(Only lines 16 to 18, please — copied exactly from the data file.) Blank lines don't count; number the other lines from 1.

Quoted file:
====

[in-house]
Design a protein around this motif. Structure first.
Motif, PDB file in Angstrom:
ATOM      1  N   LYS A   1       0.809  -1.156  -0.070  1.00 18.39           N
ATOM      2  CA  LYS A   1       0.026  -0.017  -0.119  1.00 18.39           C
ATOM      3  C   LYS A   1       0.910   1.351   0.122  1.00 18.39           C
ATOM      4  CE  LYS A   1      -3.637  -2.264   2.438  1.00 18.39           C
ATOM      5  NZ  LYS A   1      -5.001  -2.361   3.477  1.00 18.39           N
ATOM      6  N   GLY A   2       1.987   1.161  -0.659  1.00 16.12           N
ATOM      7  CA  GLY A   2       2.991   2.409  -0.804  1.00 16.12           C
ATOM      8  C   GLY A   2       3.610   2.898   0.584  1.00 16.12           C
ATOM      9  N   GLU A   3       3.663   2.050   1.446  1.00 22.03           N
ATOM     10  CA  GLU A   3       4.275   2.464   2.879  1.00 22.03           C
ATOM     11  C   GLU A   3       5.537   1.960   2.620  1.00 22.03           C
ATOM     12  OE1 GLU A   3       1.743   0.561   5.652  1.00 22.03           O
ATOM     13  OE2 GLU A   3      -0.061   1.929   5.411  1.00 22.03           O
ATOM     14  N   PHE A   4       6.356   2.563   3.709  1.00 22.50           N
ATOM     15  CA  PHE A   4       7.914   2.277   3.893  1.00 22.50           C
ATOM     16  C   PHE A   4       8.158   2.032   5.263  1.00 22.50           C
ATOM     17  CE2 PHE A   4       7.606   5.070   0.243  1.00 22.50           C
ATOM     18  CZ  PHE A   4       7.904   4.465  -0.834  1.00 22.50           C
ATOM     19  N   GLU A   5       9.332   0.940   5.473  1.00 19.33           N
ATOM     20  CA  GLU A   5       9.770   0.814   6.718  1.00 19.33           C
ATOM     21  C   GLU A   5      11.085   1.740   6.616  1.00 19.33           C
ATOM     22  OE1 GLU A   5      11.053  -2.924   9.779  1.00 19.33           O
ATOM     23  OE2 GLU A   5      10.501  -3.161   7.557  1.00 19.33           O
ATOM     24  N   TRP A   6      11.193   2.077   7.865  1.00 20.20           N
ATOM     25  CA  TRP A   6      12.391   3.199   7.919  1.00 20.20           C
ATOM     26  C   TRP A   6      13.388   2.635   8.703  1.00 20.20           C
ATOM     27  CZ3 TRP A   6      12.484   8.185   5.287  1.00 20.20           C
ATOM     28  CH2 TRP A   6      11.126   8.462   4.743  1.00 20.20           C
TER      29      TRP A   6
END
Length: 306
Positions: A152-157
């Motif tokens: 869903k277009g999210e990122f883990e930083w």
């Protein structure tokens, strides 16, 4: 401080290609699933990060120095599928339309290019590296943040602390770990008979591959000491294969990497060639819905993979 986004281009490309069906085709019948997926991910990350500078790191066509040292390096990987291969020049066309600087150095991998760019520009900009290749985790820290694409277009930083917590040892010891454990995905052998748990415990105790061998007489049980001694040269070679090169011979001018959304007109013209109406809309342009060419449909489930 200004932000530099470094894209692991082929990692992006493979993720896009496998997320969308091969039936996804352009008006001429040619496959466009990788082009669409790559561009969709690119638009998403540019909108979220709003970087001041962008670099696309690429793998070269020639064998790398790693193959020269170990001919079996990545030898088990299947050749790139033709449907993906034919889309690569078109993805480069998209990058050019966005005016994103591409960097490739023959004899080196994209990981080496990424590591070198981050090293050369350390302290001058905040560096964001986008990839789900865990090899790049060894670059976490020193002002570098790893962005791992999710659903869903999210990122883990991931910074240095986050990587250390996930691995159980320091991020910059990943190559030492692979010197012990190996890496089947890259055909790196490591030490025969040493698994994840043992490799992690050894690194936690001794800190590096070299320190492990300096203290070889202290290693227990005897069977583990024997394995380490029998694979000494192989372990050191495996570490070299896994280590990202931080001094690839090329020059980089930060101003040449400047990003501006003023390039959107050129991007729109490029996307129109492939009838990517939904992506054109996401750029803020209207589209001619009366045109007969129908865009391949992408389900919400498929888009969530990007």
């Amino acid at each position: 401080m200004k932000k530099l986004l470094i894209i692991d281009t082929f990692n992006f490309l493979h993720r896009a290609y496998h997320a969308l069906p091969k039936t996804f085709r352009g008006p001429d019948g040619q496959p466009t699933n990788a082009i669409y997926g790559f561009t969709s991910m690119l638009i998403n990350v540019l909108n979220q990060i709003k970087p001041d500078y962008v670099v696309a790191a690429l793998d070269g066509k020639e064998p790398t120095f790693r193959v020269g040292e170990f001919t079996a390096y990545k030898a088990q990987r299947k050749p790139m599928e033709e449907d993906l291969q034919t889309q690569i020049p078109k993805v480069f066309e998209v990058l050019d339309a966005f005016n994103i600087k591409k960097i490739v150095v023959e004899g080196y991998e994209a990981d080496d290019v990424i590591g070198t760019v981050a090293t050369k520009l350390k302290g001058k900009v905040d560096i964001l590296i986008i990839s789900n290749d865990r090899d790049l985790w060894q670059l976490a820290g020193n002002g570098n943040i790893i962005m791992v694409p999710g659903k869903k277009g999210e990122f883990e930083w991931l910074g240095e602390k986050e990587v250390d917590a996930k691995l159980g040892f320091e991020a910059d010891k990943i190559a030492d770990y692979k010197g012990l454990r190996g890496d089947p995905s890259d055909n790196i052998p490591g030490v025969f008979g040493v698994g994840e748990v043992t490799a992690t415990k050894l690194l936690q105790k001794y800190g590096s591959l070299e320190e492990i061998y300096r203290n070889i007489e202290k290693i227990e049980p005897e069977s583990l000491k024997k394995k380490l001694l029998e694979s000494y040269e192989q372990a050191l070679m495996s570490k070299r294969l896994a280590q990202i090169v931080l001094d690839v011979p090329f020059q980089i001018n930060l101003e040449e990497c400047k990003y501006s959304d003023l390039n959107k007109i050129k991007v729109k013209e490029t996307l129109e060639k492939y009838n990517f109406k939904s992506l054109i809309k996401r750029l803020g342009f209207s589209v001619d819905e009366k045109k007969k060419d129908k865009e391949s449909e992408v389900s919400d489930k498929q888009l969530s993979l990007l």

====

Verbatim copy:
ATOM     13  OE2 GLU A   3      -0.061   1.929   5.411  1.00 22.03           O
ATOM     14  N   PHE A   4       6.356   2.563   3.709  1.00 22.50           N
ATOM     15  CA  PHE A   4       7.914   2.277   3.893  1.00 22.50           C